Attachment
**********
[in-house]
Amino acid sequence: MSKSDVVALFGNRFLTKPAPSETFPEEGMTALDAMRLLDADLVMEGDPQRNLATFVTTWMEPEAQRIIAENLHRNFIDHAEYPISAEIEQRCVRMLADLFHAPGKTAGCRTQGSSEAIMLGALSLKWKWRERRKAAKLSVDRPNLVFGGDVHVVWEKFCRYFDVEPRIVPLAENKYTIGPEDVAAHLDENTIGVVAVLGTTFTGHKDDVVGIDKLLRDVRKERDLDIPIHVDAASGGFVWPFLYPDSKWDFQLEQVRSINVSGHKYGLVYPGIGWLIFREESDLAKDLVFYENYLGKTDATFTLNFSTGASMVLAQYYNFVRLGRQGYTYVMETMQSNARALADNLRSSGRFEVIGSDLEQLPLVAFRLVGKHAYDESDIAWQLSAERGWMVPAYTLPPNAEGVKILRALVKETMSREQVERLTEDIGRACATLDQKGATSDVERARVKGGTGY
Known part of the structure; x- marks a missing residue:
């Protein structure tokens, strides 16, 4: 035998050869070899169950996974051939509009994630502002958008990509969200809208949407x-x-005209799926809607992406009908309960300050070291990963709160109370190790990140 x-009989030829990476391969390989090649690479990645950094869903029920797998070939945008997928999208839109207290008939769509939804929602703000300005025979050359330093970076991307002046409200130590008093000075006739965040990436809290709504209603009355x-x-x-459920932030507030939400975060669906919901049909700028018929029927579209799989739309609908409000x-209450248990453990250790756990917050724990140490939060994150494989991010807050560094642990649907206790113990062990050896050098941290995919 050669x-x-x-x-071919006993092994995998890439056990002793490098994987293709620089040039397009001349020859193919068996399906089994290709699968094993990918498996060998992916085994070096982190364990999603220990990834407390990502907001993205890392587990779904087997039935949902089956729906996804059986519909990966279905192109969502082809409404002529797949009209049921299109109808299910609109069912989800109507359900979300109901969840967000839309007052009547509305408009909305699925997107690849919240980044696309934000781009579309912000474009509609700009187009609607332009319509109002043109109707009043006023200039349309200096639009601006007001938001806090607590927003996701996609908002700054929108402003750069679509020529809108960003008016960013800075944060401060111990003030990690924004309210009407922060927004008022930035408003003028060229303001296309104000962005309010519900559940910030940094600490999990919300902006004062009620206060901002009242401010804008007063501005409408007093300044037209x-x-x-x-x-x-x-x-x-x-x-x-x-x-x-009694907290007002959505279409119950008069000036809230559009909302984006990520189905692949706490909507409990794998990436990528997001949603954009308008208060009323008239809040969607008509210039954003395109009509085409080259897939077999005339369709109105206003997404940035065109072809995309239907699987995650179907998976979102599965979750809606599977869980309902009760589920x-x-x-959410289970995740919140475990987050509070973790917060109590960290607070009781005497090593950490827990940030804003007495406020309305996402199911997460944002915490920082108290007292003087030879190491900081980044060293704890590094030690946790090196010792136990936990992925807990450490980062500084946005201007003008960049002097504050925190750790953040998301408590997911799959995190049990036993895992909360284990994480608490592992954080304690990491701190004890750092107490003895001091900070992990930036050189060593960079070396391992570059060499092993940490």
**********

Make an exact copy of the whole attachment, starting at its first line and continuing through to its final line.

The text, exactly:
[in-house]
Amino acid sequence: MSKSDVVALFGNRFLTKPAPSETFPEEGMTALDAMRLLDADLVMEGDPQRNLATFVTTWMEPEAQRIIAENLHRNFIDHAEYPISAEIEQRCVRMLADLFHAPGKTAGCRTQGSSEAIMLGALSLKWKWRERRKAAKLSVDRPNLVFGGDVHVVWEKFCRYFDVEPRIVPLAENKYTIGPEDVAAHLDENTIGVVAVLGTTFTGHKDDVVGIDKLLRDVRKERDLDIPIHVDAASGGFVWPFLYPDSKWDFQLEQVRSINVSGHKYGLVYPGIGWLIFREESDLAKDLVFYENYLGKTDATFTLNFSTGASMVLAQYYNFVRLGRQGYTYVMETMQSNARALADNLRSSGRFEVIGSDLEQLPLVAFRLVGKHAYDESDIAWQLSAERGWMVPAYTLPPNAEGVKILRALVKETMSREQVERLTEDIGRACATLDQKGATSDVERARVKGGTGY
Known part of the structure; x- marks a missing residue:
């Protein structure tokens, strides 16, 4: 035998050869070899169950996974051939509009994630502002958008990509969200809208949407x-x-005209799926809607992406009908309960300050070291990963709160109370190790990140 x-009989030829990476391969390989090649690479990645950094869903029920797998070939945008997928999208839109207290008939769509939804929602703000300005025979050359330093970076991307002046409200130590008093000075006739965040990436809290709504209603009355x-x-x-459920932030507030939400975060669906919901049909700028018929029927579209799989739309609908409000x-209450248990453990250790756990917050724990140490939060994150494989991010807050560094642990649907206790113990062990050896050098941290995919 050669x-x-x-x-071919006993092994995998890439056990002793490098994987293709620089040039397009001349020859193919068996399906089994290709699968094993990918498996060998992916085994070096982190364990999603220990990834407390990502907001993205890392587990779904087997039935949902089956729906996804059986519909990966279905192109969502082809409404002529797949009209049921299109109808299910609109069912989800109507359900979300109901969840967000839309007052009547509305408009909305699925997107690849919240980044696309934000781009579309912000474009509609700009187009609607332009319509109002043109109707009043006023200039349309200096639009601006007001938001806090607590927003996701996609908002700054929108402003750069679509020529809108960003008016960013800075944060401060111990003030990690924004309210009407922060927004008022930035408003003028060229303001296309104000962005309010519900559940910030940094600490999990919300902006004062009620206060901002009242401010804008007063501005409408007093300044037209x-x-x-x-x-x-x-x-x-x-x-x-x-x-x-009694907290007002959505279409119950008069000036809230559009909302984006990520189905692949706490909507409990794998990436990528997001949603954009308008208060009323008239809040969607008509210039954003395109009509085409080259897939077999005339369709109105206003997404940035065109072809995309239907699987995650179907998976979102599965979750809606599977869980309902009760589920x-x-x-959410289970995740919140475990987050509070973790917060109590960290607070009781005497090593950490827990940030804003007495406020309305996402199911997460944002915490920082108290007292003087030879190491900081980044060293704890590094030690946790090196010792136990936990992925807990450490980062500084946005201007003008960049002097504050925190750790953040998301408590997911799959995190049990036993895992909360284990994480608490592992954080304690990491701190004890750092107490003895001091900070992990930036050189060593960079070396391992570059060499092993940490």